Gnaw Bone Country Store

Gnaw Bone Country Store and Bakery

~story and photo by Bob Gustin

Sorghum has returned to Gnaw Bone. But this time it’s not a horse walking around a mill to grind down the sweet plant and later have it boiled into syrup. It’s a lot more than that.

This time it’s the brand new Gnaw Bone Country Store and Bakery, operated by Brown County residents Jay and Jenny Morrison.

The Morrisons have spent months cleaning, repairing and remodeling the store at 4883 State Road 46 E, and are now open every day except Tuesday. On other days, the store is open 9 a.m. to 7 p.m. except Sunday, when hours are 10 a.m. to 6 p.m.

That’s the same building in the heart of Gnaw Bone (between Nashville and Columbus) where the Roberts family opened a sorghum mill in 1948 to grow, grist, and cook sorghum over a wood fire. The business was sold to Bill Watkins about 10 years ago, and purchased in December by Mike and Tammy Riebl, who lease the store to the Morrisons.

Jenny Morrison

There is no longer a mill at the site, but you can find several varieties of fresh-baked sorghum cookies available each day. Jenny is also cooking up persimmon pudding, bacon brownies, pies, cakes, breads, and tarts.
And Jay, along with partners Mike Riebl and Jonny Porter, are custom-building unique lightweight solar-powered camping trailers in a nearby shop, and offering them for sale.

Along with baked goods, the store offers sauces, syrups, jams and jellies, coffee, pasta, honey, sorghum, soaps, and dog treats. Most are custom items from Indiana producers. Where else could you try a product called Gnaw Bone Toe Jam?

Food isn’t the only thing Jay and Jenny carry. A sampling of arts and fine crafts from ten local and area residents—including paintings, pottery, weaving, stained glass, jewelry, note cards, driftwood art, clothing, and craft kits—are on display.

The store also carries antique and vintage items, custom wood furniture, Gnaw Bone T-shirts, candies, and colorful socks. And there is more to come in the 6,000 square-foot store.

If that seems like an eclectic mix, it is. Asked about the unusual collection of items available, Jay smiles and simply said, “It’s a country store.”

“With the space I have, I wanted to showcase local products,” Jenny said. “I have a love for antiques and we wanted to make the place different than a typical tourist destination.

“It was meant to be,” Jenny said. “I’m just surrounded by incredibly talented friends, and I want to showcase and support the people I’m surrounded by.

“I enjoy feeding and pleasing people,” she said, “and baking is a creative outlet for me.”

She credits her mother, Andrea Cline, with being patient and letting Jenny play around in the kitchen growing up, making a mess, and having the freedom to experiment.
Then, in her 20s, Jenny began reading cookbooks and experimenting more with cooking, and especially baking. She operated a cleaning business for about 20 years with clients in Brown, Bartholomew, Monroe, and Marion counties. She has also cooked for large get-togethers and has done small catering jobs.

“But it was always my dream to have my own baking business,” she said, “And the opportunity was thrown in my lap.”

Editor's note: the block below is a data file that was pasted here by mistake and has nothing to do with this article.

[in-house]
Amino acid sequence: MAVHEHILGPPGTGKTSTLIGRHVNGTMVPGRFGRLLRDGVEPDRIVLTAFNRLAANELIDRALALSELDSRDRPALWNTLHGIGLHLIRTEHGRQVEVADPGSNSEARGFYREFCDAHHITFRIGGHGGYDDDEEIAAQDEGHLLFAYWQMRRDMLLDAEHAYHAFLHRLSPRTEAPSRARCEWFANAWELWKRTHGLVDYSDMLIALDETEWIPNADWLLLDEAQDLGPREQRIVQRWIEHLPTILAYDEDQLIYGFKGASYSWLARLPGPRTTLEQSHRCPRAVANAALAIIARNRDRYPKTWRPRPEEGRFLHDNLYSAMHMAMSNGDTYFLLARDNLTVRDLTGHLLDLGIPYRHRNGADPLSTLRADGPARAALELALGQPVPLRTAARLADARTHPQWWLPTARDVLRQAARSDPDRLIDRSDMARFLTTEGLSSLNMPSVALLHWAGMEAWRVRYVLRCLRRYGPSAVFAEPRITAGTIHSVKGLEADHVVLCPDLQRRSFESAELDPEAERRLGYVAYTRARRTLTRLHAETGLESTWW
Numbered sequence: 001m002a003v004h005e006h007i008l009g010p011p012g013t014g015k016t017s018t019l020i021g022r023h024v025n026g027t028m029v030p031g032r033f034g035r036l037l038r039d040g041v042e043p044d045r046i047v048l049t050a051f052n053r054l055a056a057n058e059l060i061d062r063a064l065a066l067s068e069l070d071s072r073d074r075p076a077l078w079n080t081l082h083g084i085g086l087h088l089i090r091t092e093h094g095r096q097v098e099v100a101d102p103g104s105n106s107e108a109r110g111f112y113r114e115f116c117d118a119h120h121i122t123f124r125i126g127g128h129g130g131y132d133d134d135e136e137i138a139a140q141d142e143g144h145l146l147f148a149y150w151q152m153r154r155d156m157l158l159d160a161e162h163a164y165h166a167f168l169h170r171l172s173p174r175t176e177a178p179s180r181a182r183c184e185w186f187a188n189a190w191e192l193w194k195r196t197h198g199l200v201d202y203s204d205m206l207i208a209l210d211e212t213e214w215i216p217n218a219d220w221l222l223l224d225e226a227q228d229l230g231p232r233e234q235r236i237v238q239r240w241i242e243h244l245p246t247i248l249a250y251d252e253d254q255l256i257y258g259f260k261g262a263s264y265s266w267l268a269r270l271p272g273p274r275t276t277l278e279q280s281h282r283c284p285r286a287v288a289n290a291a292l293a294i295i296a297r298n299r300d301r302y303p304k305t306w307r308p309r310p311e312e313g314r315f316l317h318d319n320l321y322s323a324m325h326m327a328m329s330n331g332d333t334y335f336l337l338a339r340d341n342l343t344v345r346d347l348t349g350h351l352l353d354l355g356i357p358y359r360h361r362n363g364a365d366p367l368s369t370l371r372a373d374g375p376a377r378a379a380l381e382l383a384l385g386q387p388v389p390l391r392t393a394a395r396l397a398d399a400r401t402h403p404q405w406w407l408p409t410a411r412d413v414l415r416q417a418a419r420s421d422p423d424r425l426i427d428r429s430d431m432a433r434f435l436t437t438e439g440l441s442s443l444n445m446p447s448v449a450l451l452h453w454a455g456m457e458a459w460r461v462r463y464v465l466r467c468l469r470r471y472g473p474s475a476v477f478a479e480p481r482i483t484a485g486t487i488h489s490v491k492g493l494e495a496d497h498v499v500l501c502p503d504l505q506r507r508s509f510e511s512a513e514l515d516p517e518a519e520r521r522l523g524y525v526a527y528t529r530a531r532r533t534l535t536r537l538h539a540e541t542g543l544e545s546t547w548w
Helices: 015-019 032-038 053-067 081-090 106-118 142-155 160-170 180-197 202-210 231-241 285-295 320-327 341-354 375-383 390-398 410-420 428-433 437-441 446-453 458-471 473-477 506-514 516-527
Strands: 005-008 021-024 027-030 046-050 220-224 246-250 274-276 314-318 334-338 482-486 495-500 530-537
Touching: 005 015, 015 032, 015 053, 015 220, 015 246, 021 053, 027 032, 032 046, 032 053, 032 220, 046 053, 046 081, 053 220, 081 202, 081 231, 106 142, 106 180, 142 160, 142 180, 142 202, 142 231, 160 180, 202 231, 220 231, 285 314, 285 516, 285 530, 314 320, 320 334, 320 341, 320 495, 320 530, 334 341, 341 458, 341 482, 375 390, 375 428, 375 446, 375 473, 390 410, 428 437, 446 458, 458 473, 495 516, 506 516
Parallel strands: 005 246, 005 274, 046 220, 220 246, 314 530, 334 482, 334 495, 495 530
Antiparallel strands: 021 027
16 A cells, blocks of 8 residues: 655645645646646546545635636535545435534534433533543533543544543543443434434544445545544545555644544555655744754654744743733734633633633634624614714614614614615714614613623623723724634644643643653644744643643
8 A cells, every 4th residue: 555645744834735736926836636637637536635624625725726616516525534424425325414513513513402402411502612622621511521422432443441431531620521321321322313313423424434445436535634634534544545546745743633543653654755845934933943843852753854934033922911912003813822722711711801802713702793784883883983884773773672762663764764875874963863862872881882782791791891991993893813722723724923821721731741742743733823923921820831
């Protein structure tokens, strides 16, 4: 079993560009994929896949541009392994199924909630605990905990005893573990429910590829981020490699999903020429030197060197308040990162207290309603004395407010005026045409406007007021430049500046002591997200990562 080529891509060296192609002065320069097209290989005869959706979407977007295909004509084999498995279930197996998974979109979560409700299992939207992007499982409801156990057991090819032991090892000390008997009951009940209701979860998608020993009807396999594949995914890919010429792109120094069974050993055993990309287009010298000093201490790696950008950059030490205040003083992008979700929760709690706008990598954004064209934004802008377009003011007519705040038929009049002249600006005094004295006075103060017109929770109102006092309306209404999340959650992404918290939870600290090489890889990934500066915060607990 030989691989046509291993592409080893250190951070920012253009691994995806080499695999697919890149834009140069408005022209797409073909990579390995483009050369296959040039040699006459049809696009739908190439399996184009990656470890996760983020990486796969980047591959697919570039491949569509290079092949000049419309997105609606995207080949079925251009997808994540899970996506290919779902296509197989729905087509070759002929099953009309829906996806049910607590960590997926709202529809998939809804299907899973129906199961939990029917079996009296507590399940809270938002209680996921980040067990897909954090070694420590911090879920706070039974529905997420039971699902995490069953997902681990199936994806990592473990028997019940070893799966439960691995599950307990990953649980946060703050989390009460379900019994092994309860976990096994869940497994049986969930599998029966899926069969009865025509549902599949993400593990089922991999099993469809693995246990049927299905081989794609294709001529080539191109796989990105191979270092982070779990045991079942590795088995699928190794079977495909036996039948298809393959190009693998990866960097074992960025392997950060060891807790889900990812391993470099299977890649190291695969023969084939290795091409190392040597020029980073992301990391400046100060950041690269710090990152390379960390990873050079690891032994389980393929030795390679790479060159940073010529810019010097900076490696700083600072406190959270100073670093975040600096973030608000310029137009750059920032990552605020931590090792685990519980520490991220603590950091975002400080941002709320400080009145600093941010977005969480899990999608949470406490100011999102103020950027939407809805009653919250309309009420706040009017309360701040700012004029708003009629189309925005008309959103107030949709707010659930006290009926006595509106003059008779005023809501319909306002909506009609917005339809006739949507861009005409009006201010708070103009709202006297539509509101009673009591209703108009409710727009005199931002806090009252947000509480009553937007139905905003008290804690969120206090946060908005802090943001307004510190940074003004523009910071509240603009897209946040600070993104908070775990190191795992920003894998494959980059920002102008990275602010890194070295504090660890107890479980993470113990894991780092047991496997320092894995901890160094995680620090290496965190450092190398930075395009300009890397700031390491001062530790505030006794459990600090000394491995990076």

That happened when Jay, owner of Oak Grove Construction, a general contractor in Brown County and Columbus, partnered with Riebl and Porter to build Gnaw Bone Wilderness Cabins.

Jay Morrison

“Mike and I have been backpacking and camping buddies for the last 12 years of so,” Jay said. “Last summer we hiked the Grand Tetons. At 50 years old, I was getting tired of setting up tents, and thought others must be too.”
Turns out Riebl, an engineer, felt the same way. So they started building a prototype cabin in Riebl’s garage, finished it up in Jay’s pole barn, and, along with Porter, began looking for a place to build and sell them. The old sorghum mill and adjacent property was available and Riebl purchased it.

The cabins are built on a 6- by 12-foot steel frame trailer to which a rubber liner is added before metal studs, insulation, vapor barriers, tongue-and-groove lumber, vinyl flooring, and a metal roof is added. There are two bunk bed spaces, a table and bench, storage areas, windows, and a separate space for a camping toilet to be set up. It’s powered by two rooftop solar panels, a battery, and power inverter. A small wood stove is an option.

The cabin weighs about 3,000 pounds, can be easily pulled by a standard pickup or midsized SUV, and sells for about $16,000. Trailers can also be rented for $75 a night. Later, larger or customized cabins can also be ordered.

But the Gnaw Bone Country Store and Bakery is a family affair. Jay remodeled the store, with help from son Alex and lots of friends. Daughter Chloe runs the retail area, and Jay says his part of the store is “making sure everything is ready for Jenny to pursue her dream.”
One of his jobs is to work with Jenny as a “picker” to find eclectic goods from people in the area.

“It’s a local tasting of goods offered you don’t always see,” he said.

Contact Jenny and Jay Morrison at (812) 988-4266, or <gnawbonecsbakery@gmail.com>. Also check out <gnawbonebakery.com> and <gnawbonecabins.com>.